So if you have any thoughts about how this could happen, or are simply inspired by the project and are keen to see how the ideas could become a reality, get in touch with Gerry.

Fitzalen square’s faded glory

Another of Sheffield’s forgotten spaces

On Monday, the winners of Forgotten spaces will be announced. We’ll get to see the results of the competition which asked architects, designers and artists to come up with new uses for Sheffield’s forgotten spaces.

It will be interesting to see whether any of the entries looked at what could be made of Fitzalan square, which surely is one of Sheffield’s most prominent, under-used and forgotten public spaces.

The old post office building, Fitzalan square

The old post office building, Fitzalan square

Walking through a couple of months ago, I was struck by how good the square would have once looked. It gets plenty of sunshine and the trees offer a nice bit of shade, as well as some greenery to contrast with to the buildings.

I don’t know that much about architecture, but look closely and you’ll see just how impressive these buildings are. I don’t think Sheffield has anywhere near as much Victorian architecture compared to many cities of a similar size, but in Fitzalan square you’ll find the magnificent old post office dominating the south side. This grand old grade-II* structure has stood empty since 1999 and sadly been left to fall into disrepair.

Fitzalan square

Fitzalan square

On the west of the square there is another attractive building, towering five stories high with balconies on the windows and five beautiful arches on the ground level which are currently operating as retail units.

Adjacent to this on corner of the square and High street is the square’s most famous building. Now a motorcycle accessories store, the Marples building used to be a seven storey hotel but was completely reduced to rubble by bombing during in the war. The building you see there now was constructed in the 1950s.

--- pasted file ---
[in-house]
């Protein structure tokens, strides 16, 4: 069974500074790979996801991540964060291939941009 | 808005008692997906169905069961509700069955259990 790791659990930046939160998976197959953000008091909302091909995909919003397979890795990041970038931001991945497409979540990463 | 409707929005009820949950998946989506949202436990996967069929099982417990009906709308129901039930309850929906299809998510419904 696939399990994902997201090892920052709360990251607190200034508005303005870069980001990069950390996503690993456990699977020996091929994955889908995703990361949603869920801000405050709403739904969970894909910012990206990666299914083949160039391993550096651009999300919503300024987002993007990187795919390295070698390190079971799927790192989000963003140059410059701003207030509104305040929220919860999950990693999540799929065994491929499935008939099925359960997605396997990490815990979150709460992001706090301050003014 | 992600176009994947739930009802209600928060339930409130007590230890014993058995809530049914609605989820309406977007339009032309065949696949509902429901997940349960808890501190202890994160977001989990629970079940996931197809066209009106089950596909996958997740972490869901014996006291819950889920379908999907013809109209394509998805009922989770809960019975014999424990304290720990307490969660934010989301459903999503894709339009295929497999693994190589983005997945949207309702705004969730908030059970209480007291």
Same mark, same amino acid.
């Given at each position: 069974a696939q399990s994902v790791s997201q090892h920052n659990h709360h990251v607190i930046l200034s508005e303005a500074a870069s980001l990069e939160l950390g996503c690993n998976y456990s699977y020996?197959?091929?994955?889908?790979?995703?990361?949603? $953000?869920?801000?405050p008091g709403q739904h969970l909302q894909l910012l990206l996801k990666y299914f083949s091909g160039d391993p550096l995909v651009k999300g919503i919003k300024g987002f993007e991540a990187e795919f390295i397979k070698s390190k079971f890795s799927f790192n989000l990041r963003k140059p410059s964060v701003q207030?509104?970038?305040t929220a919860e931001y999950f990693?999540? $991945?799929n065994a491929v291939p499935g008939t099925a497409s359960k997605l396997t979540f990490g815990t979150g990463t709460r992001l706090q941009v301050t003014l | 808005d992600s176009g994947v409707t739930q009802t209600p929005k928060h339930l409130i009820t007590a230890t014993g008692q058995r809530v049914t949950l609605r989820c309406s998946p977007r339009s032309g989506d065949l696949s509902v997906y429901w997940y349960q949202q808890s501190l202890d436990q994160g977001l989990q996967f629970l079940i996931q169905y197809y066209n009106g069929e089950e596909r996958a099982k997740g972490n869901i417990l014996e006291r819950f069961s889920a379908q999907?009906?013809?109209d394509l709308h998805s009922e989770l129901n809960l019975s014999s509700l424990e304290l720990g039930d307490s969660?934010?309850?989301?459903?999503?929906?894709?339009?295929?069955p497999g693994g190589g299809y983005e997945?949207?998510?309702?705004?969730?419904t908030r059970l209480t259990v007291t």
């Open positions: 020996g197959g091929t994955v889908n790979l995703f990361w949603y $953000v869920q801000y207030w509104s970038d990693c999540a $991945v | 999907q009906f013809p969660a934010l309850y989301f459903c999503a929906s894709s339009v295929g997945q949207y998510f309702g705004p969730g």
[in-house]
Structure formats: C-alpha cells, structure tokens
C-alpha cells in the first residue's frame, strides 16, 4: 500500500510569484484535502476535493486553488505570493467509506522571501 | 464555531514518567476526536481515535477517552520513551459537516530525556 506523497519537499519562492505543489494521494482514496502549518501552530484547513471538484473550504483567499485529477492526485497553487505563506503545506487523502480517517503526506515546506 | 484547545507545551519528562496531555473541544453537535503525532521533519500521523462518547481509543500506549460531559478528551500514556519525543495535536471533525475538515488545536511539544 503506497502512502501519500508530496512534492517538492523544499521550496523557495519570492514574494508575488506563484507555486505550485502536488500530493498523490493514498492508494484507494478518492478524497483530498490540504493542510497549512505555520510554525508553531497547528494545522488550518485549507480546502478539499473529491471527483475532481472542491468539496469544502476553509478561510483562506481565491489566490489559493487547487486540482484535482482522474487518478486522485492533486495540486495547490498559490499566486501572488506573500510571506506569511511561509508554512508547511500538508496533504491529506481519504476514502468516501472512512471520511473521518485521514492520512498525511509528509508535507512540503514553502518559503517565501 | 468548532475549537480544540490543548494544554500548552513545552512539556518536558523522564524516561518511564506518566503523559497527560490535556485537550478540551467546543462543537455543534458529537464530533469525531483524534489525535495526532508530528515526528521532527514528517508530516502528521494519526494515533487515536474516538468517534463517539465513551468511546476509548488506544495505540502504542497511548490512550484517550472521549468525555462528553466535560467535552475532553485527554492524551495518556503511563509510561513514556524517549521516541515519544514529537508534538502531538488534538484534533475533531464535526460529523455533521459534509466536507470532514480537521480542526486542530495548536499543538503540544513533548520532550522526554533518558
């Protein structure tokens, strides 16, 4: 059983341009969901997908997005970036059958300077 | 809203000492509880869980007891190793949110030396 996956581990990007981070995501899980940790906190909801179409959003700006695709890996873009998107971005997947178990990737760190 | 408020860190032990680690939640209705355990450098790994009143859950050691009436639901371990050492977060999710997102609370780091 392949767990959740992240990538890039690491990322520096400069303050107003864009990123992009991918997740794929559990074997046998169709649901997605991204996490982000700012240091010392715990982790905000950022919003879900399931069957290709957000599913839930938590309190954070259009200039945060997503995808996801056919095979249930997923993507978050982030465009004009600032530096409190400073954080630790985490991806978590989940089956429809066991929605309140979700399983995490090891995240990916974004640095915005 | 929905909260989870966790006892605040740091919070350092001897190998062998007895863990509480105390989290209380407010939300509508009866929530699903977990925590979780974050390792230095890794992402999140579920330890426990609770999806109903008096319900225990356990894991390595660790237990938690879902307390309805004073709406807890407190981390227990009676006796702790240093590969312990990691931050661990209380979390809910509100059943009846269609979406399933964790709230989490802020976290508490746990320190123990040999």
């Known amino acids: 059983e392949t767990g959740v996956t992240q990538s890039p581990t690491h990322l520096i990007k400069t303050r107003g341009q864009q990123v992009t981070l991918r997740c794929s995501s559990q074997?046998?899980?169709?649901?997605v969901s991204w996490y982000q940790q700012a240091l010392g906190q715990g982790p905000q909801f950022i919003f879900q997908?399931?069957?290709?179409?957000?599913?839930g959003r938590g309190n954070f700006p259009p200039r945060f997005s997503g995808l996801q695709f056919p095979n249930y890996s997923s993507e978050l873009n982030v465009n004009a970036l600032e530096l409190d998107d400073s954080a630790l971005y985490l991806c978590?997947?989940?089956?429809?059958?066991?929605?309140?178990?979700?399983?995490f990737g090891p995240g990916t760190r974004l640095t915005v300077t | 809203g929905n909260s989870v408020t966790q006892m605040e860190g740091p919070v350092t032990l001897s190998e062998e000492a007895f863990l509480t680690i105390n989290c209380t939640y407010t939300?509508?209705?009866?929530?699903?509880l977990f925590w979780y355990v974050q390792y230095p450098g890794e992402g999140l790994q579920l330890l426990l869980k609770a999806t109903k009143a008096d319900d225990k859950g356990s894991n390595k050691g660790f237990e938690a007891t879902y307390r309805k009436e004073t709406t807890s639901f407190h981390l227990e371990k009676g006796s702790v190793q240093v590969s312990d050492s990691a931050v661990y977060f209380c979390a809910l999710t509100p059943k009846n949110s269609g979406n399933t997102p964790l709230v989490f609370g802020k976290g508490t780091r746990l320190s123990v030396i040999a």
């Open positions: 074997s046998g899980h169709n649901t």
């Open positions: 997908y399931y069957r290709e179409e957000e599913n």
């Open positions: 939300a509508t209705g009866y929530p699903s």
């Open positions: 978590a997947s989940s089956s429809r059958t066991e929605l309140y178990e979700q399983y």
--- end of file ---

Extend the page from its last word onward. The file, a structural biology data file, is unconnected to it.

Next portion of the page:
The Marples name lives on in the square by means a small fast food hut. A statue of King Edward VII stands in the middle of the square, which was cleaned up and illuminated in as part of a facelift in 2003.

King Edward VII statue, Fitzalan square

King Edward VII statue, Fitzalan square

Despite the impressive buildings and the statue centerpiece, Fitzalan square doesn’t currently feel a enticing place to hang out. I took these photos over a lunchtime when there was just a single office worker enjoying his dinner there.

The roads around the edge of the square leave you feeling a bit isolated and hum of running engines in the taxi rank on the west side doesn’t make it particularly relaxing. Some of the businesses on the square – an amusement arcade and betting shops – also don’t really add much charm.

The good news is that that there are signs of recovery. The old post office building has been bought* and will be repaired and restored to a basic level before a further development is announced. Apparently it won’t be a hotel or flats.

Marples food hut, Fitzalan square

Marples food hut, Fitzalan square